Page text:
Primary education and different rates of development question(10 Posts)
I have read lots of threads where people want to know what reading band a YR or Y1 child is, lots of threads with NC levels etc.
Question is: The answers often say that children develop at different rates and the range is huge - OK - but when does the developmental rate become complete or irrelevant? At what stage can you make an objective assessment of where your child is at or if he needs extra help due to being "behind"?
It's an interesting question, actually, but I suspect it's impossible to answer - again, because all children progress at different rates. I guess the reality is that some children will never catch up, whereas others will catch up and even overtake their peers when they are good and ready. I can remember boys at my secondary school who didn't really come into their own until sixth form!
Sorry, meant to say, I think you have to go with your gut instinct as to whether your child needs additional help, in addition to listening to the views of their teachers. Lots of children might need extra help at certain stages of their education - this might not mean that there is anything "wrong" as such, merely that they need a bit more support at that particular time.
OP, NC levels give an average and can be used as a gauge to check roughly how a child is progressing.
In our school the child that starts ahead tends to stay ahead, whilst I am told this isn't the case across the board but think it might explain some anxiety amongst parents. Our children are set for maths ithe lower sets are exposed to far easier work. Children sometimes move around but this is reasonably rare especially after a term or two. As someone once said 'good doesn't become average without outside help'. I've seen the work for the lower sets it's simple addition the top sets are working on something that looks like calculus (ok, I am exaggerating) but what's clear is pretty soon a huge gulf could open up. The projected NC levels are so much higher for the top sets the low sets are unlikely to catch up. It's possible but I'd argue unlikely for all but a small minority. Again I can only come to this with my own experience and from what I've read.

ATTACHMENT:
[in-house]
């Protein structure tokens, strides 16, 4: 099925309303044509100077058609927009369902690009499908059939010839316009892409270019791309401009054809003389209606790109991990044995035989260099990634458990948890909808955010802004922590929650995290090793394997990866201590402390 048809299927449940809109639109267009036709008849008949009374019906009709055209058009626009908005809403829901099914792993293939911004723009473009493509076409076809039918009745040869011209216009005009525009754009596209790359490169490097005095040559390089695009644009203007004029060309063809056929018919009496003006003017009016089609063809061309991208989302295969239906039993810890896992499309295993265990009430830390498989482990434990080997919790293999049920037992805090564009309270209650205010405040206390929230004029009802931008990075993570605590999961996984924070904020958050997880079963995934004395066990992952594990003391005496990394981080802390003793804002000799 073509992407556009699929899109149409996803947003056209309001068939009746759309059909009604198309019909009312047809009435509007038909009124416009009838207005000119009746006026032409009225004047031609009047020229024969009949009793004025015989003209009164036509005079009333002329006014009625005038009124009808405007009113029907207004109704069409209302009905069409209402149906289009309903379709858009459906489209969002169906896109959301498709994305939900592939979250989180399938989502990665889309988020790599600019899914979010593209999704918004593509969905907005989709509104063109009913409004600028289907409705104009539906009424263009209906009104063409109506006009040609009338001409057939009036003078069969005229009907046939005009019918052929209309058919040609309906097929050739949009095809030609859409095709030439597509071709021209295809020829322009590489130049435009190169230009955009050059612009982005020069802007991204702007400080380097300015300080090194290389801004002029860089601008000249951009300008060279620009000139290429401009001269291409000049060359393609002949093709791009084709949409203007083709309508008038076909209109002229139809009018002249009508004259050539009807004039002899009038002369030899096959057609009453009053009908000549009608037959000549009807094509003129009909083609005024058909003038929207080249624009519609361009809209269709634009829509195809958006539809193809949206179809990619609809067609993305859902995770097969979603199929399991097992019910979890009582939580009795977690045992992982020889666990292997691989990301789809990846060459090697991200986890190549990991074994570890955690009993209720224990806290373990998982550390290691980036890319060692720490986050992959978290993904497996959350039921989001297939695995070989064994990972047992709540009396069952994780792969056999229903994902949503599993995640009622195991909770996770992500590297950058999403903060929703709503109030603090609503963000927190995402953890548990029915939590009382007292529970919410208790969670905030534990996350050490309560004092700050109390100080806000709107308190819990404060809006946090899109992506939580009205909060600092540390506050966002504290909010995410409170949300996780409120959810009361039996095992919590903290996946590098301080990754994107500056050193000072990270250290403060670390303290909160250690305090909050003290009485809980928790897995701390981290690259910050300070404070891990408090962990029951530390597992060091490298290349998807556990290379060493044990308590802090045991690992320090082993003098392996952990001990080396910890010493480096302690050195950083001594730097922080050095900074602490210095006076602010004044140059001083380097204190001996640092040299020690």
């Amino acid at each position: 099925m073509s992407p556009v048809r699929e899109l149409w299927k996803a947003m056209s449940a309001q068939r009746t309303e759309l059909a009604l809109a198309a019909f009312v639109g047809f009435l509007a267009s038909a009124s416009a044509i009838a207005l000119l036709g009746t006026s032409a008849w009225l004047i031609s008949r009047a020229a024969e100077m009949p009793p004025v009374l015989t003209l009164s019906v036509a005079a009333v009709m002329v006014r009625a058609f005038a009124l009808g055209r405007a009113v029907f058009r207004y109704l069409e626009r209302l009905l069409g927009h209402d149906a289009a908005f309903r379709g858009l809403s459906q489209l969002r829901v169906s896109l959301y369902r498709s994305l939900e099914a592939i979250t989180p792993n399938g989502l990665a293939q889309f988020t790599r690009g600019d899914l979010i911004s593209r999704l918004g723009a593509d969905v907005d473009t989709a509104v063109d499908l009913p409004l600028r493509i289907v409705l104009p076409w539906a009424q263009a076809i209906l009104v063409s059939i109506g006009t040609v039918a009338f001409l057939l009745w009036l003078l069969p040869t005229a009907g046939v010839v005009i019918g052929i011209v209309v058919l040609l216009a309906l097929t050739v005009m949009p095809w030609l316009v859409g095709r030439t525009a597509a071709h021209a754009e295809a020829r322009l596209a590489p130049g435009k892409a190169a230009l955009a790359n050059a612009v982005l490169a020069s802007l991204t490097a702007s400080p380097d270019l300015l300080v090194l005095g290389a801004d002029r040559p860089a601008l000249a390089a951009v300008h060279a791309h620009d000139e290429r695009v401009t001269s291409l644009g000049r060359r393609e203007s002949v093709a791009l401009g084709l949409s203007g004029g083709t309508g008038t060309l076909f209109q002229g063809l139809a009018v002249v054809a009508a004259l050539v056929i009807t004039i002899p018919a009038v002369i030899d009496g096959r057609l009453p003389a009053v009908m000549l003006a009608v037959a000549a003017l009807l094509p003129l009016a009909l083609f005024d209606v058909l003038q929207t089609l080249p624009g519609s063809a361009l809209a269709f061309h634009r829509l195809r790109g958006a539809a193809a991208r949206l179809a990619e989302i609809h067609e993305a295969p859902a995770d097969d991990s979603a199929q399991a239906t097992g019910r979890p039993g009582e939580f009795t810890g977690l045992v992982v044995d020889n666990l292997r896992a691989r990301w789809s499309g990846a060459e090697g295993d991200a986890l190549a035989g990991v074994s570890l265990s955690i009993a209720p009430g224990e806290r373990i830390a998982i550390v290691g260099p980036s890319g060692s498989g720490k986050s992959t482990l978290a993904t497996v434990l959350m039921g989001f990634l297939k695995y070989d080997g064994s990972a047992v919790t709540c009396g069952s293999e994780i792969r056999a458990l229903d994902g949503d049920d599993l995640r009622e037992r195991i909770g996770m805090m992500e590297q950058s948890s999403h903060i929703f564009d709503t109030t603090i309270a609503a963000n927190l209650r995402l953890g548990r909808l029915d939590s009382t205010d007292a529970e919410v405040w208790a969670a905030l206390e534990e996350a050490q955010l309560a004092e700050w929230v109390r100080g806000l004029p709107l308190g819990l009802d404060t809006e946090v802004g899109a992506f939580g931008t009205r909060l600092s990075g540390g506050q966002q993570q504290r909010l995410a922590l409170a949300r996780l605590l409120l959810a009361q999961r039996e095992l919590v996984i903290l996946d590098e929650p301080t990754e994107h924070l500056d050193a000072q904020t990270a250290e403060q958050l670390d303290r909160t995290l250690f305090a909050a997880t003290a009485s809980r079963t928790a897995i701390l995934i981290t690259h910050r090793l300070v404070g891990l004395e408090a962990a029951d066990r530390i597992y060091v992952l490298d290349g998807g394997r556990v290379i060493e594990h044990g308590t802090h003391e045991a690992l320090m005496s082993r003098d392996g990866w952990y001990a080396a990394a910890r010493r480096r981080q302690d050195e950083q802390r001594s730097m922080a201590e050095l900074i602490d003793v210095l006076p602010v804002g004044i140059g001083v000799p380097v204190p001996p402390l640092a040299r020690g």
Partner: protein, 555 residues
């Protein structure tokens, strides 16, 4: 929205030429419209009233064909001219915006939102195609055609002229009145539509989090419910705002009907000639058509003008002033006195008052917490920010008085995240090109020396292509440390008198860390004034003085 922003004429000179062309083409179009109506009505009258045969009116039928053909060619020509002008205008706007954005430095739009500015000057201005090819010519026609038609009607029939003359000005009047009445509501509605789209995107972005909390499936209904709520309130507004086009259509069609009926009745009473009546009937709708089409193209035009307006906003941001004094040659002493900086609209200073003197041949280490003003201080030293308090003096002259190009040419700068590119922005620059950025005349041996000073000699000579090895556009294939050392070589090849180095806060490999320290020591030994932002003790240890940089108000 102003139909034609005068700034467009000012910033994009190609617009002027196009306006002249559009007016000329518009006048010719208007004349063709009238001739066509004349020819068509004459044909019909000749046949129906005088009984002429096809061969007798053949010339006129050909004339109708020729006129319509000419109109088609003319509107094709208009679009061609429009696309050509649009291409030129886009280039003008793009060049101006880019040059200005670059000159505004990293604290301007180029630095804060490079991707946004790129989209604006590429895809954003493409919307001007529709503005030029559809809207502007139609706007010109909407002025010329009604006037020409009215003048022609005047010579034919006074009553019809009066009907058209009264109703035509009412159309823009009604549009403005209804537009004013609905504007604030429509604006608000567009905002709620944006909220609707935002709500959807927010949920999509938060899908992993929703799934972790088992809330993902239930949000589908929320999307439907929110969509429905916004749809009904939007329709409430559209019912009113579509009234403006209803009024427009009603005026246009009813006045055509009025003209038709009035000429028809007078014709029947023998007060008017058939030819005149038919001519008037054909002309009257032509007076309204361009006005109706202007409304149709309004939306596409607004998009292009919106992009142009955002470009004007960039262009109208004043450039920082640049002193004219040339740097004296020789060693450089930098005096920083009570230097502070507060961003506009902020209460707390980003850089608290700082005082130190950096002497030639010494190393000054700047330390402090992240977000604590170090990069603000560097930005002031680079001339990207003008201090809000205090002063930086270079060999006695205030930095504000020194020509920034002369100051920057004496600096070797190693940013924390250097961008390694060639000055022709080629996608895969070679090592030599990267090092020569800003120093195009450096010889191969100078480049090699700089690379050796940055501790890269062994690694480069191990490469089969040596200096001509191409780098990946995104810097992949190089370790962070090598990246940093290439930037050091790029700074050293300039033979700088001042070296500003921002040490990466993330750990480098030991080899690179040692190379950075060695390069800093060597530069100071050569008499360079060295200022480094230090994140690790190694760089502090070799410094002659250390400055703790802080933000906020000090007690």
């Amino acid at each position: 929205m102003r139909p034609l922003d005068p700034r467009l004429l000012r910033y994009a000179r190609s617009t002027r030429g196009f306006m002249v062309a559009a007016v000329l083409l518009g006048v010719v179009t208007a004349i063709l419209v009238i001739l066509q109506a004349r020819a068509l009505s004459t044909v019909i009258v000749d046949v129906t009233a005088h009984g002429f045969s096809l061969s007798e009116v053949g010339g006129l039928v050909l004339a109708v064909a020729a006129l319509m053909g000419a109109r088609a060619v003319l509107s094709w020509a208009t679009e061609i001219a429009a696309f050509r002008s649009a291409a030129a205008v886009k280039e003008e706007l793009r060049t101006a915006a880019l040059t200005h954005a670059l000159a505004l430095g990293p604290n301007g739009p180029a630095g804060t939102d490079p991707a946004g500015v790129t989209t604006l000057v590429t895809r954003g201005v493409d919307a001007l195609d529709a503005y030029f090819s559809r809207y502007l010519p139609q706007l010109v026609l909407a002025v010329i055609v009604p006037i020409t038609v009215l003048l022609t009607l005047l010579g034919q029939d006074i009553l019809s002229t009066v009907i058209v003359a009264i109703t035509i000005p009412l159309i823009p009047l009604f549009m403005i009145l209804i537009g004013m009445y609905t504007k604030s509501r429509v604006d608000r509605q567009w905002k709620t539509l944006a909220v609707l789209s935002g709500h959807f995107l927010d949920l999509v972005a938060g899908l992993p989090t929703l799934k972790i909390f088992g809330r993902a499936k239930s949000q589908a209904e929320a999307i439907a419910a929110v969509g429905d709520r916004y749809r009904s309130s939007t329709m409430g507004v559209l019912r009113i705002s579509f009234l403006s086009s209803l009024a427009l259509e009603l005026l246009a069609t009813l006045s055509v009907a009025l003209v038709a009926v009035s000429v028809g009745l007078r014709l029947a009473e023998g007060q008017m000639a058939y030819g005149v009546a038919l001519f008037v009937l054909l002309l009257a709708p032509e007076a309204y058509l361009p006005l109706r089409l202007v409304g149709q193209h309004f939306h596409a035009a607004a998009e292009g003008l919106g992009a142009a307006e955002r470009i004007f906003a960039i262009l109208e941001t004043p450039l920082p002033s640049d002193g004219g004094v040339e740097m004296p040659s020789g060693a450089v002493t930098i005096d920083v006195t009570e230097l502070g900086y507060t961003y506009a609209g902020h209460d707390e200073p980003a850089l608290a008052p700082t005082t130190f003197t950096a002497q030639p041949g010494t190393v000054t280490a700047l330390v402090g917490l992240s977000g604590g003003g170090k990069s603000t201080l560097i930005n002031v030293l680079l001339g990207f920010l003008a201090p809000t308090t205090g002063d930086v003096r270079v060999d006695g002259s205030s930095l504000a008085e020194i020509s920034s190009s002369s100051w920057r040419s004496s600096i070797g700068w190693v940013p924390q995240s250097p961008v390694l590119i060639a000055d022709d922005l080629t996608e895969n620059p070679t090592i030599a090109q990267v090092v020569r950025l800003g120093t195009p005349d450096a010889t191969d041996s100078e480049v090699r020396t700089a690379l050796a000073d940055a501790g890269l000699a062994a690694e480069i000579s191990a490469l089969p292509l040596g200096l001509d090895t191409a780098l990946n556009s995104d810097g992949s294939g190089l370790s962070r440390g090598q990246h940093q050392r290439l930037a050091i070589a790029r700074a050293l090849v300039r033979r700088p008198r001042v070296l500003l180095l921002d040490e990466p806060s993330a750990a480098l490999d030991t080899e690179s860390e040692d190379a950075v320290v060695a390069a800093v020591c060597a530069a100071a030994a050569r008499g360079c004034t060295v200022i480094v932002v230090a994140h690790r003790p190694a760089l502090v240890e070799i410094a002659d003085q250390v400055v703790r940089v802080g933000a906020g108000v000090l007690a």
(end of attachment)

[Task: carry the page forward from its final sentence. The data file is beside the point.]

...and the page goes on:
Ok, we can't all be top flight mathematicians perhaps but then what gets my goat is when cognitive bias possibly creeps in. The low sets (in Y3) have to draw a emoticon (face) to show if it was hard, medium or easy the top sets are asked to write a couple of sentences to describe how they found the work. The assumption perhaps is in general the low sets in maths won't have the skills in literacy as yet. I've read that it's assumed those that are ahead can make quick connections are generally bright and this can quickly turn into a self fulfilling prophecy.
As Jo Boaler said 'the set or stream that students are placed into at a very young age will almost certainly dictate the opportunities they receive for the rest of their lives' (1997). I am not sure if this has been disproved? But with this in mind I can see why parents are anxious children are as high up as possible whether it's reading schemes or sets or NC levels we are talking about. I am told things can all level out by GCSE and know that academic qualifications are not the be all and end all - my son is no rocket scientist and I am trying to keep positive and open minded about things.
Sorry OP, I wrote that answer after reading the Y1 bookband question. NC levels should be able to give a rough guide. How old is your child?
It's not a silly question, or one that is impossible to answer.
At some stage school determine that your child is not progressing well and they place them on the SEN register.
When and how this happens varies from school to school.
5yo DS, Y1.
Thanks for the replies - interesting! I think that he may need some extra help but want to try and sort that out before he ends up in the bottom stream. We have a parent meeting soon so I will ask his teacher.
Tricky one. I would chill out until they are about 6 or 7 but I can see that that can be difficult in this country (just think in a lot of countries they don't start formal education until 6 or 7).
A very good answer is here:
Join the discussion
Registering is free, easy, and means you can join in the discussion, watch threads, get discounts, win prizes and lots more.Register now »
Already registered? Log in with:
Please login first.